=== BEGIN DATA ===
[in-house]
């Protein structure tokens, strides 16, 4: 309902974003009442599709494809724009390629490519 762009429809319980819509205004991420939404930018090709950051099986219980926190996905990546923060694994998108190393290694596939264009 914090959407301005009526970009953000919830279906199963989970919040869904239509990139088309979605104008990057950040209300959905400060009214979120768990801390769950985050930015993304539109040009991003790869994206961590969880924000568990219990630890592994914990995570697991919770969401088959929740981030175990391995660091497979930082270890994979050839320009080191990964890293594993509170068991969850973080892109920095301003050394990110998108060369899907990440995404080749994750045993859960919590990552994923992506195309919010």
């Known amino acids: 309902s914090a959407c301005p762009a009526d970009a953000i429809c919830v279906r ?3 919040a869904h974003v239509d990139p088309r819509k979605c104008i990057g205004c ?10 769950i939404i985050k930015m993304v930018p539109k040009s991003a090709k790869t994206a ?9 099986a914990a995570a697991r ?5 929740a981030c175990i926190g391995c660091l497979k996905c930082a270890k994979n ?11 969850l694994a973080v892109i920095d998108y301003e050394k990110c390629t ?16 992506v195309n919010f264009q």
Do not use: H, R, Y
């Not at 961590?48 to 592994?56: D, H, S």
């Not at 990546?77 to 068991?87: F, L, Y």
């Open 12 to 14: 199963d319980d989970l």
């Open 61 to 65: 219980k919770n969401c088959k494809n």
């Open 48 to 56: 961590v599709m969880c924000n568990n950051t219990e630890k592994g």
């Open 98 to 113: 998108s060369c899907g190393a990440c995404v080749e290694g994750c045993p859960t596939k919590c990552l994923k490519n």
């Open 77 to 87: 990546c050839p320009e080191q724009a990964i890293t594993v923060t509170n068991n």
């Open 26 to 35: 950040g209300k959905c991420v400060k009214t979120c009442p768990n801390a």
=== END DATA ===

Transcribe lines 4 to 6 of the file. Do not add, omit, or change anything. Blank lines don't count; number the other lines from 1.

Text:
Do not use: H, R, Y
């Not at 961590?48 to 592994?56: D, H, S």
């Not at 990546?77 to 068991?87: F, L, Y």